Thursday, 22 January 2009

Mark Bold's startling [& very entertaining] expose of a pop philosopher

Warming up to [hopefully] tomorrow's post on "extreme tourism", I have to highlight this excellent blog post about a figure who exhibits many of the vices, and few of the virtues, of the independent researcher. It is not the first time I've mentioned the author in question on this blog. Regarding his network of readers, to whom numerous works have been cleverly niche marketed over many years, it seems plausible that they could share many of the characteristics Randall Collins talks about in The Sociology of Philosophies. Collins says there is a theory of network "submergence", as well as "emergence", by which we might understand how disenchanted figures drop out of formal curricula to develop their own positions. These may typically, although not exclusively, involve the adoption of arcane/marginal epistemologies such as the occult, or a hard as flint political philosophy that is not intended to transcend party level.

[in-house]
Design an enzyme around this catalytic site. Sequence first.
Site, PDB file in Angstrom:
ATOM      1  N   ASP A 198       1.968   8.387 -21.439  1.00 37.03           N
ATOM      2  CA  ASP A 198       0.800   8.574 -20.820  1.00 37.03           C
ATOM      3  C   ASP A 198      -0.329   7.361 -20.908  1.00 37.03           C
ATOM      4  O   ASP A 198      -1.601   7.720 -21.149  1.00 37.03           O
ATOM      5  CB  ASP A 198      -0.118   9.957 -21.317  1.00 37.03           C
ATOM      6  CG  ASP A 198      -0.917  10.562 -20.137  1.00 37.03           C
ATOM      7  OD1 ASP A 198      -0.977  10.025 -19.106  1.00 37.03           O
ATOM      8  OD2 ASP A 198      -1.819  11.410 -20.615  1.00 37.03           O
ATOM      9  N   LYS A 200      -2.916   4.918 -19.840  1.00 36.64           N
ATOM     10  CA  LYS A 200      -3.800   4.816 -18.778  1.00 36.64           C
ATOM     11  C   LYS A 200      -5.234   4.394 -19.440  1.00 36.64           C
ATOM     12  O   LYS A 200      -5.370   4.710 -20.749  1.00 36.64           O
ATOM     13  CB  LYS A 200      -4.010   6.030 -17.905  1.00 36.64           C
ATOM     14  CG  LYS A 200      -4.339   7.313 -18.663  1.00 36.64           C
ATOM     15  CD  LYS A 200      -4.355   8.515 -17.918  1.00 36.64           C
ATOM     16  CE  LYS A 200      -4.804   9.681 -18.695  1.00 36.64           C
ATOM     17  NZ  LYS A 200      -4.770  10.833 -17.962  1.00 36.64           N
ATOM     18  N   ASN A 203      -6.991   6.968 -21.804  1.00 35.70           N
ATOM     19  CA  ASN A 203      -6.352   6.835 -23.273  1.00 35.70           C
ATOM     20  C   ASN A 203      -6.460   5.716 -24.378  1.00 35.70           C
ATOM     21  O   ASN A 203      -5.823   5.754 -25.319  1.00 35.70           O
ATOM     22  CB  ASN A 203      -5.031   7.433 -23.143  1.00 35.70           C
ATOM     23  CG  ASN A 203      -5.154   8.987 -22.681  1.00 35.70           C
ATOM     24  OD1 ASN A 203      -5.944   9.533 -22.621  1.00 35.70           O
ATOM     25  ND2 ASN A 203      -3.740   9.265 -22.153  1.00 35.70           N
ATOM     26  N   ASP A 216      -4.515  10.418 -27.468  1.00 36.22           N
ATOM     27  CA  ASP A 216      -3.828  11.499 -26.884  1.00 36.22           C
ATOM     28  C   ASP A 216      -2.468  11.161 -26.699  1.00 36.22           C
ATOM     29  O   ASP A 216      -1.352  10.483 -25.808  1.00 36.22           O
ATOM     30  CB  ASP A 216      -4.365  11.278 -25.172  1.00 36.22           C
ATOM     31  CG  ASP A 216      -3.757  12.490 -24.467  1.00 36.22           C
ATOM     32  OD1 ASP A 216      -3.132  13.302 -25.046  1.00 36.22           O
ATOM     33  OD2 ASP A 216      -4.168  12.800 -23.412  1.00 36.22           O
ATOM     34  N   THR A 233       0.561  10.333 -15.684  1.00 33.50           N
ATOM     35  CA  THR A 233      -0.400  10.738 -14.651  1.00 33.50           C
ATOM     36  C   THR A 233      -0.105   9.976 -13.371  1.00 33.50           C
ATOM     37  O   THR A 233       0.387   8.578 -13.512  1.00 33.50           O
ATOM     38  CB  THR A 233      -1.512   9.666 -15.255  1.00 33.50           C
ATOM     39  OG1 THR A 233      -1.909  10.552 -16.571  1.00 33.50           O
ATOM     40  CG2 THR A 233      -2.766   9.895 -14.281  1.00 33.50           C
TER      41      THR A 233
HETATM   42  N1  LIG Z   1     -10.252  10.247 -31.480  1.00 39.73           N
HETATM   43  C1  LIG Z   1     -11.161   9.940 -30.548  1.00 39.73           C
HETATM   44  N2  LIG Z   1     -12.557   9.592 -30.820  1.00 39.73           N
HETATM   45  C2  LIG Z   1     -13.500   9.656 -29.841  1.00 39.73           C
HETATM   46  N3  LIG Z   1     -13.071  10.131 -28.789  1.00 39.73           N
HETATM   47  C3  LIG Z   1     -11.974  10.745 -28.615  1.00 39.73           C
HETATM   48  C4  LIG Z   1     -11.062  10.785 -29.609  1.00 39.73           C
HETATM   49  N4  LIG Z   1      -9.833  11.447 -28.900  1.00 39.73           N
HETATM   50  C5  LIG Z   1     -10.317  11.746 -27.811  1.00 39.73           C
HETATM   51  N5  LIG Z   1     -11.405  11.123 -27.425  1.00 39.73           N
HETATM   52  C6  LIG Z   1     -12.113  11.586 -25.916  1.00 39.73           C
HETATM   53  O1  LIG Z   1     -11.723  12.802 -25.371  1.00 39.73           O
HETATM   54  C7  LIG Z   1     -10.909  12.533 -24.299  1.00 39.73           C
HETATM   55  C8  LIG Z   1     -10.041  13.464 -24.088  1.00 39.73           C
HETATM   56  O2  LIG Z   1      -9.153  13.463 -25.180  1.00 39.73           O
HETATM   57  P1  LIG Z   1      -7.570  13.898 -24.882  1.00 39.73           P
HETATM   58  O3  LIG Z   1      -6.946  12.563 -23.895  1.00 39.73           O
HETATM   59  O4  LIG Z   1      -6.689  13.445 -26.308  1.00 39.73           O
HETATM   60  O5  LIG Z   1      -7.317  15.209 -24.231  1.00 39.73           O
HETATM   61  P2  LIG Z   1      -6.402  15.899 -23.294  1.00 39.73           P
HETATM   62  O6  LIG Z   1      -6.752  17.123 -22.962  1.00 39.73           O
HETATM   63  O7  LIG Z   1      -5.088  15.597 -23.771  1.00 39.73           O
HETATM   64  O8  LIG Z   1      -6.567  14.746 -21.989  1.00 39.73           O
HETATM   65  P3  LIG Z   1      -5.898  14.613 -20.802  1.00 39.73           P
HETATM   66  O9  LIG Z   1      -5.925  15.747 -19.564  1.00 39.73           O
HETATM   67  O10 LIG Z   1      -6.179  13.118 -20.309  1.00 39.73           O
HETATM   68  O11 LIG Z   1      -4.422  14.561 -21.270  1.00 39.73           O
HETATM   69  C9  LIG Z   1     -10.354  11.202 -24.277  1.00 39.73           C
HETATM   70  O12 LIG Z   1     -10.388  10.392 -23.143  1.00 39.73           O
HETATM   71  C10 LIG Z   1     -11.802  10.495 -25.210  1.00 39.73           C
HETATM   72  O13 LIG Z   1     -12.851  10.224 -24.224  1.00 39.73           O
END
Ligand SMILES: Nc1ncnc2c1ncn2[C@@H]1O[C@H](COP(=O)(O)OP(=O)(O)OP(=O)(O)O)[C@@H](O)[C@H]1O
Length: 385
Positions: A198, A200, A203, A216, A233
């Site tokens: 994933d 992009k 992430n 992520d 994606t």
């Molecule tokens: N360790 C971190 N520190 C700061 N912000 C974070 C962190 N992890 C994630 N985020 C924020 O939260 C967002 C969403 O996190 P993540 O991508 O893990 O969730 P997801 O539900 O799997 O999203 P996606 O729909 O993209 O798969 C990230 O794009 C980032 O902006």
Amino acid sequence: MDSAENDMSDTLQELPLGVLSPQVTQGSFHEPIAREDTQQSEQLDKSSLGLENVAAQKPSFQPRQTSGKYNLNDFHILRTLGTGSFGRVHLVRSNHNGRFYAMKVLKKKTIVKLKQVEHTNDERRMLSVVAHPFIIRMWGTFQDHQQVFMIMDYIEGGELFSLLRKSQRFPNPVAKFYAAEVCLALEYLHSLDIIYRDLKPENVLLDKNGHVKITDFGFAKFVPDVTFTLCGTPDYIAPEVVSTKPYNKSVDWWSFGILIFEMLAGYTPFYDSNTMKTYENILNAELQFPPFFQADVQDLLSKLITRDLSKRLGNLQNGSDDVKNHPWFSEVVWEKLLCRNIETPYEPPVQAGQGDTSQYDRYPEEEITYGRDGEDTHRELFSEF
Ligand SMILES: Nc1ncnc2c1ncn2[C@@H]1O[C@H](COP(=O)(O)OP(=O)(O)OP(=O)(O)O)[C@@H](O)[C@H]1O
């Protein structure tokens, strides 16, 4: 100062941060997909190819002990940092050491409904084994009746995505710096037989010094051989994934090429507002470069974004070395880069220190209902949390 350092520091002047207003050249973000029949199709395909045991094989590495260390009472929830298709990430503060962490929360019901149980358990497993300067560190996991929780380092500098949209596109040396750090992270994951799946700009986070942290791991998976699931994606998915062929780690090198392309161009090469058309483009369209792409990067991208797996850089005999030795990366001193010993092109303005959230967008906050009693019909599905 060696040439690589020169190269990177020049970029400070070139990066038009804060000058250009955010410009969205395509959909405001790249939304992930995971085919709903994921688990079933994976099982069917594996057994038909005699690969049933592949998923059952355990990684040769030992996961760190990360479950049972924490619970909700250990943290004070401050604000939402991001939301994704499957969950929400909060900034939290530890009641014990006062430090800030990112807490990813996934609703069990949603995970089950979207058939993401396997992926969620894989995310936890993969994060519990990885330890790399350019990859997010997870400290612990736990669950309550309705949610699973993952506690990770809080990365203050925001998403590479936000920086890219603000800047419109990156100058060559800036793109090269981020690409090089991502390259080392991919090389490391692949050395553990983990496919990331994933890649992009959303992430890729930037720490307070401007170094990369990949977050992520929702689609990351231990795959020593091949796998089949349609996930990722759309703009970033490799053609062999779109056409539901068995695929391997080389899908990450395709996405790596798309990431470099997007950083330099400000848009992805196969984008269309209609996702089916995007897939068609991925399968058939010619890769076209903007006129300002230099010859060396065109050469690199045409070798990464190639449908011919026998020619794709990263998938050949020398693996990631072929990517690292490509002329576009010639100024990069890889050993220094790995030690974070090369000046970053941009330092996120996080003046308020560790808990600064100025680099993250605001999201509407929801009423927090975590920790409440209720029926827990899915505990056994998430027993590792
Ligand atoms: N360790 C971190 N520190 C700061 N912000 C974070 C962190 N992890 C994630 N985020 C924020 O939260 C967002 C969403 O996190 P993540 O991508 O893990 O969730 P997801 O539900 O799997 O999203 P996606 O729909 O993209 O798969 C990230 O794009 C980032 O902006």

From what I can tell, there are some important questions that would need to be brought to the table when negotiating the kind of rapprochement I intimated in my previous post, (which I hope to explore further in the "extreme tourism" post) i.e. how is philosophy defined for sociological purposes?

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